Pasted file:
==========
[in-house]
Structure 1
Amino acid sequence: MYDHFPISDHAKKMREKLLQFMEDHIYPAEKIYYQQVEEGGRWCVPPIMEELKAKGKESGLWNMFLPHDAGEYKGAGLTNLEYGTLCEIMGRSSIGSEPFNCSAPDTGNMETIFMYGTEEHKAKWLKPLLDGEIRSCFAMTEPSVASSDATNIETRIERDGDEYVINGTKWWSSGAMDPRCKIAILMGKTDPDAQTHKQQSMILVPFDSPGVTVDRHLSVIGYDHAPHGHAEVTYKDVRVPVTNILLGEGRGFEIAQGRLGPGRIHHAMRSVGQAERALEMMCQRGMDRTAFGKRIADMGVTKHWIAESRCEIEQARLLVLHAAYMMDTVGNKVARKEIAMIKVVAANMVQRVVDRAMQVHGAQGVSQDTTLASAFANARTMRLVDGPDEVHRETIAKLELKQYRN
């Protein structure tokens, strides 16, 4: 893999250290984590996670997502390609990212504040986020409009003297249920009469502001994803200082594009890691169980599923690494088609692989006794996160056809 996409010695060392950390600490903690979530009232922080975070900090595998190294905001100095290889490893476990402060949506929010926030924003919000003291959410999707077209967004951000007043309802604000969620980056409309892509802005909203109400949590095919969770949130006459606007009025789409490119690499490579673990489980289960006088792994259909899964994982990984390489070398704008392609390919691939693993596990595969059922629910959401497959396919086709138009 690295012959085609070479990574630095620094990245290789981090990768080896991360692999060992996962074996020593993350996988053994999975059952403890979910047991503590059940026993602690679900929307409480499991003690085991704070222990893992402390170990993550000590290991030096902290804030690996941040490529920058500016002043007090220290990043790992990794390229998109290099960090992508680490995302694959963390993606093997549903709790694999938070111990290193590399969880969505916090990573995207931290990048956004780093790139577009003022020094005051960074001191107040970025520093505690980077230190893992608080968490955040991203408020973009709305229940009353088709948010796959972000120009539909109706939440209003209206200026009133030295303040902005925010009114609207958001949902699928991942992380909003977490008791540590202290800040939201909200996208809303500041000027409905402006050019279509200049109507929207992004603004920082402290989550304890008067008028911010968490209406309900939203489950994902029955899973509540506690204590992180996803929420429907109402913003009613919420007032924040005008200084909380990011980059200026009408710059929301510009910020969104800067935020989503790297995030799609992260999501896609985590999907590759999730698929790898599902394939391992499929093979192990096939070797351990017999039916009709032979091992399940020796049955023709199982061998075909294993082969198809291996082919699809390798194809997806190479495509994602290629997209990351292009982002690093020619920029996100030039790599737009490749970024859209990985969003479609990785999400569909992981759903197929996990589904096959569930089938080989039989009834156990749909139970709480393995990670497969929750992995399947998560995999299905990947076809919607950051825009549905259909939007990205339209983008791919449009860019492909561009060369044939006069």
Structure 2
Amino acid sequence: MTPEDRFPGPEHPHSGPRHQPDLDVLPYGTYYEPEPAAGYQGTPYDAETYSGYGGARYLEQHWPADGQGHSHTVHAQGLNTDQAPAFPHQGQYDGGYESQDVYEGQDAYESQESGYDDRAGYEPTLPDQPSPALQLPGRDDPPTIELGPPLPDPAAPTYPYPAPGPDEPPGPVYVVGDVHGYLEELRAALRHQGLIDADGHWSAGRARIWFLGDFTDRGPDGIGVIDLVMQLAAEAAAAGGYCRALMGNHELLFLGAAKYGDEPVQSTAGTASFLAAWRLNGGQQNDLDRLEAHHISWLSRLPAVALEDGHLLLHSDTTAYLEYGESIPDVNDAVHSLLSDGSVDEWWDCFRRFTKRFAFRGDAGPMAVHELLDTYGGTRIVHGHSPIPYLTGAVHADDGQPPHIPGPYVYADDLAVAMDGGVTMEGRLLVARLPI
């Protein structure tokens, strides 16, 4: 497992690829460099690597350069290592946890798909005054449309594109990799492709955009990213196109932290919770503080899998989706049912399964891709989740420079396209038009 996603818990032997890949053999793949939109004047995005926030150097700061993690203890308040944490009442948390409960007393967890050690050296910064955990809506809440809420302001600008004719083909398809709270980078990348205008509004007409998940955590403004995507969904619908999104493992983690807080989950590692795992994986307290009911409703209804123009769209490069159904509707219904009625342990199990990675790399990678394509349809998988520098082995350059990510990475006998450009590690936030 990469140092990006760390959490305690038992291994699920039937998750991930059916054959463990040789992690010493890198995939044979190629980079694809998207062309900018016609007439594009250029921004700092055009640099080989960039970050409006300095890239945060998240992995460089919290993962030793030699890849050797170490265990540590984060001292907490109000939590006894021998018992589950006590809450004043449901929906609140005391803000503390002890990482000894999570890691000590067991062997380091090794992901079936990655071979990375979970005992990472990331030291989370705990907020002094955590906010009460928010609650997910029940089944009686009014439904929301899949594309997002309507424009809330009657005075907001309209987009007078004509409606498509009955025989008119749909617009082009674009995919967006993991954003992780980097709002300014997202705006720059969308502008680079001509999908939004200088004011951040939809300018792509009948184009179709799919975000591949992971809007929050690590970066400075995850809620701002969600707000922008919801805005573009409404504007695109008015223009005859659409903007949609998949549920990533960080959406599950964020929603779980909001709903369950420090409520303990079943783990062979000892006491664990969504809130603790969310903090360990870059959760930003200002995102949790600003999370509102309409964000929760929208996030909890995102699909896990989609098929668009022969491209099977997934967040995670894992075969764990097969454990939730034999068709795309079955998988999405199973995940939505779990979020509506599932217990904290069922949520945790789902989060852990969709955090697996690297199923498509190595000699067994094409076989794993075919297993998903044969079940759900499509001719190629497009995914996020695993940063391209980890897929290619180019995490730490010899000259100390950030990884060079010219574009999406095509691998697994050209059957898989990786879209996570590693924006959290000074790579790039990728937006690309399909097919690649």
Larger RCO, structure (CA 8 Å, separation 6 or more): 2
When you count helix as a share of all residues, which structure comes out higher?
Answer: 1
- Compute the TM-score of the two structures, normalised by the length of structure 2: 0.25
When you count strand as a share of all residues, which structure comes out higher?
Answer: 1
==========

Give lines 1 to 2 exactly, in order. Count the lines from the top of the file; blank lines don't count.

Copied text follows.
[in-house]
Structure 1